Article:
Post navigation

Prev: (02/26/19) | Next: (02/26/19)

This Capitol Hill traffic circle probably isn’t really home to Seattle’s first ‘photo enforced’ stop sign

Either HB 1793 to make it easier for cities like Seattle to use traffic cameras to enforce more than just intersection and speeding laws is moving faster through the halls of Olympia than most legislation… or somebody around the traffic circle where 20th Ave E meets E Crescent Dr is getting a good laugh.

Either way, drivers are now coming to a full stop.

At some point in Snowbruary, the stop sign in the E Crescent traffic circle was smashed down. In recent days, the stop sign has been restored — along with an official looking, black on yellow sign. “PHOTO ENFORCED,” it promises.

CHS visited the intersection near Stevens Elementary on Tuesday afternoon and didn’t find any new cameras at the scene. We did see a couple cars come to careful stops on the curving downslope of E Crescent Dr. We did not see any nearby neighbors cackling with delight.

Photo enforcement at stop signs is relatively rare but a few cities reportedly do it. Fox News bitched about them here in 2012.

As far as we know, the City of Seattle doesn’t have any ability to photo enforce stop signs, yet, but we’re checking with the Seattle Department of Transportation to see if they can paint a fuller picture of what is happening on this North Capitol Hill traffic circle. Seattle began testing red light cameras in 2006 and now deploys the enforcement on streets across the city. The ones at Broadway and E Olive Way are our favorites. Smile.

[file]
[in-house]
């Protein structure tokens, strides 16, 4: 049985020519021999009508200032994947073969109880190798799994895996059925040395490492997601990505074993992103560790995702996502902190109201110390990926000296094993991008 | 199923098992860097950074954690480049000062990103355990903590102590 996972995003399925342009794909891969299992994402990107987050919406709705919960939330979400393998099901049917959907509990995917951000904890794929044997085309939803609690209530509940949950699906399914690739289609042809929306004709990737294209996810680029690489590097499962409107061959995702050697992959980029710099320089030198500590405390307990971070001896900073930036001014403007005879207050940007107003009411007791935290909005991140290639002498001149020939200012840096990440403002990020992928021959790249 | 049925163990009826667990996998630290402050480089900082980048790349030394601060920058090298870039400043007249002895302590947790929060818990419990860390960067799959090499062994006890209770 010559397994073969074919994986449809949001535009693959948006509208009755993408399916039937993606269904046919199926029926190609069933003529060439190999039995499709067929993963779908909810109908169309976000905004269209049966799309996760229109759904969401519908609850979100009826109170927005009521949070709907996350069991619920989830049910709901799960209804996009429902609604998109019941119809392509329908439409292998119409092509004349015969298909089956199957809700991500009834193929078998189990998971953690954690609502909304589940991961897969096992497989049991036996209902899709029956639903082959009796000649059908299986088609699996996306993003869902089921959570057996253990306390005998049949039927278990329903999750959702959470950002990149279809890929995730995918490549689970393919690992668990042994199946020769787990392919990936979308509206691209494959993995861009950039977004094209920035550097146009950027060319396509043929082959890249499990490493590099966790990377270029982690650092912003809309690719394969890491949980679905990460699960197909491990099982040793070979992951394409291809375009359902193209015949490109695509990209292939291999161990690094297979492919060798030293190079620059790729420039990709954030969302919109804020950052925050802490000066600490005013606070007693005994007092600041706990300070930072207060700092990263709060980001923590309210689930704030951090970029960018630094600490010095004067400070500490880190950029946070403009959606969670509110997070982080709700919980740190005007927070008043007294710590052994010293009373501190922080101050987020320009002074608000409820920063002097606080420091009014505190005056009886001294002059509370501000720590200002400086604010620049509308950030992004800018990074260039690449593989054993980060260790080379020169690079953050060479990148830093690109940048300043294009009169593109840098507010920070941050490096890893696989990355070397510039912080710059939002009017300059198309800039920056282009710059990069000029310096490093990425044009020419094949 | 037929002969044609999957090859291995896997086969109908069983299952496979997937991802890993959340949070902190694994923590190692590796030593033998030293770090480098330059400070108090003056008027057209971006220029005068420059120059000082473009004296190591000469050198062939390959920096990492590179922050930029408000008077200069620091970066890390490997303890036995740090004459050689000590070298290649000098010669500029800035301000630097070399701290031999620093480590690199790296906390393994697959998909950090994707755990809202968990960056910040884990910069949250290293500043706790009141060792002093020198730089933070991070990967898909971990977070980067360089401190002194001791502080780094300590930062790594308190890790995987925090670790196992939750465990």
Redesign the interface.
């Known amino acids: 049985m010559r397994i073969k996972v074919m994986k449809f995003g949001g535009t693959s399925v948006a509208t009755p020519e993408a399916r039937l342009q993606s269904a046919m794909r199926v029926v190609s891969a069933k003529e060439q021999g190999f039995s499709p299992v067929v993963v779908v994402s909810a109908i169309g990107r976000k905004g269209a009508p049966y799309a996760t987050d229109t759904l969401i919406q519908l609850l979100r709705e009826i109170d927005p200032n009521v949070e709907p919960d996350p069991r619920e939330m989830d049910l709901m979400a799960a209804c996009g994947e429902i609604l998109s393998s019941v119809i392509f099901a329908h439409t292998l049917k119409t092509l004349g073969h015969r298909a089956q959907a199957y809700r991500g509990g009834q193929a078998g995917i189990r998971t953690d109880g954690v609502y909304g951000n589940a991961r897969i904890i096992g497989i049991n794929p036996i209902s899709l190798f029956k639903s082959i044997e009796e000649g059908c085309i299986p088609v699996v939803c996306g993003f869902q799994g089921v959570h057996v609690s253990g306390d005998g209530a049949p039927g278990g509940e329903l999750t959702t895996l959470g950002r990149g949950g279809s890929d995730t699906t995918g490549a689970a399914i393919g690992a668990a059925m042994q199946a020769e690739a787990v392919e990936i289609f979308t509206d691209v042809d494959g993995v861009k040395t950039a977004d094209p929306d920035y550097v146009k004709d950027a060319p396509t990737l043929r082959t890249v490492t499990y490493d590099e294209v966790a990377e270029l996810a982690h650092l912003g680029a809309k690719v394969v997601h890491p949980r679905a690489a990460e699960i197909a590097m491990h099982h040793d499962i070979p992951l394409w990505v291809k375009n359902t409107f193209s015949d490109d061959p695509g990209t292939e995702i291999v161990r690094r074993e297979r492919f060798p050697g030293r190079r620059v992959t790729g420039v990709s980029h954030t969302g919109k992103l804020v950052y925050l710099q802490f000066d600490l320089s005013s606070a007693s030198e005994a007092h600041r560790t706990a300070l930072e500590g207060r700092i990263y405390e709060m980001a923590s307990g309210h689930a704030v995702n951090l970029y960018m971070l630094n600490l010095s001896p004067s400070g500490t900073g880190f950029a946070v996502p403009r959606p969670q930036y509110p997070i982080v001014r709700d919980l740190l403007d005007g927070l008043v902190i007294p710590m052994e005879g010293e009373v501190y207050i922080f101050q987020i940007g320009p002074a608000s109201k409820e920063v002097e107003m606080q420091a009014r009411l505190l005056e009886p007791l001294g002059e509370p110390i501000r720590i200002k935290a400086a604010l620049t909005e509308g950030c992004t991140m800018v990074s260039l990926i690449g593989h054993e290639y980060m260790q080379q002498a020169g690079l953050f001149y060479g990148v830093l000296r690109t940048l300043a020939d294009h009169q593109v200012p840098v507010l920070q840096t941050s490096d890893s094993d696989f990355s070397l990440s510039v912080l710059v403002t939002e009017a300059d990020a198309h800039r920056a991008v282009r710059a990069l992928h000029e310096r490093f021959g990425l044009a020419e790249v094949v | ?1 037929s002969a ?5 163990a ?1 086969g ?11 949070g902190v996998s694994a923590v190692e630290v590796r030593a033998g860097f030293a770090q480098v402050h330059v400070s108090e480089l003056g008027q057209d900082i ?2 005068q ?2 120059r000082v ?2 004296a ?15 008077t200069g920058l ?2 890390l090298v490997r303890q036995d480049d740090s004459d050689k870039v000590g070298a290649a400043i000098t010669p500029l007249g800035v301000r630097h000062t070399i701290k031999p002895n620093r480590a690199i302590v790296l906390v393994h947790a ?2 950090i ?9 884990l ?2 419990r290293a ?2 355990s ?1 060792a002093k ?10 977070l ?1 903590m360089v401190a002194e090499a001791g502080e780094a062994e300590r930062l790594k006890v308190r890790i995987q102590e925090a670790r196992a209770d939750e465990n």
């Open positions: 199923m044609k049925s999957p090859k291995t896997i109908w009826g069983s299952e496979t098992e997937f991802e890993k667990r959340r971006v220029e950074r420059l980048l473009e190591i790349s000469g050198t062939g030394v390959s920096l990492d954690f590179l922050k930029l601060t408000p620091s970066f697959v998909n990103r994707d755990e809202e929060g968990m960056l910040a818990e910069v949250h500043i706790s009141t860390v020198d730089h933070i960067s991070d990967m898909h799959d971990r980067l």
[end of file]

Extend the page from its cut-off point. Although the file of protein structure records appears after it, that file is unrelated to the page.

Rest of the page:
In the meantime, if you’re looking for more effective ways to make the streets and sidewalks around you safer, check out these 22 proposals for District 3.

$5/MONTH? SUBSCRIBE AND SUPPORT LOCAL NEWS: Support local journalism dedicated to your neighborhood. SUBSCRIBE HERE. Join to become a subscriber at $1/$5/$10 a month to help CHS provide community news with NO PAYWALL. You can also sign up for a one-time annual payment.

Subscribe and support CHS Contributors -- $1/$5/$10 per month

6 thoughts on “This Capitol Hill traffic circle probably isn’t really home to Seattle’s first ‘photo enforced’ stop sign” -- All CHS Comments are held for moderation before publishing

  1. The east and west facing stop signs are not necessary, as vehicles are required to slow considerably to navigate the traffic circle on that narrow street, and traffic entering from the north already has a stop sign. I would be most pleased if they were removed, although I was not the driver who slid into one during the snowstorm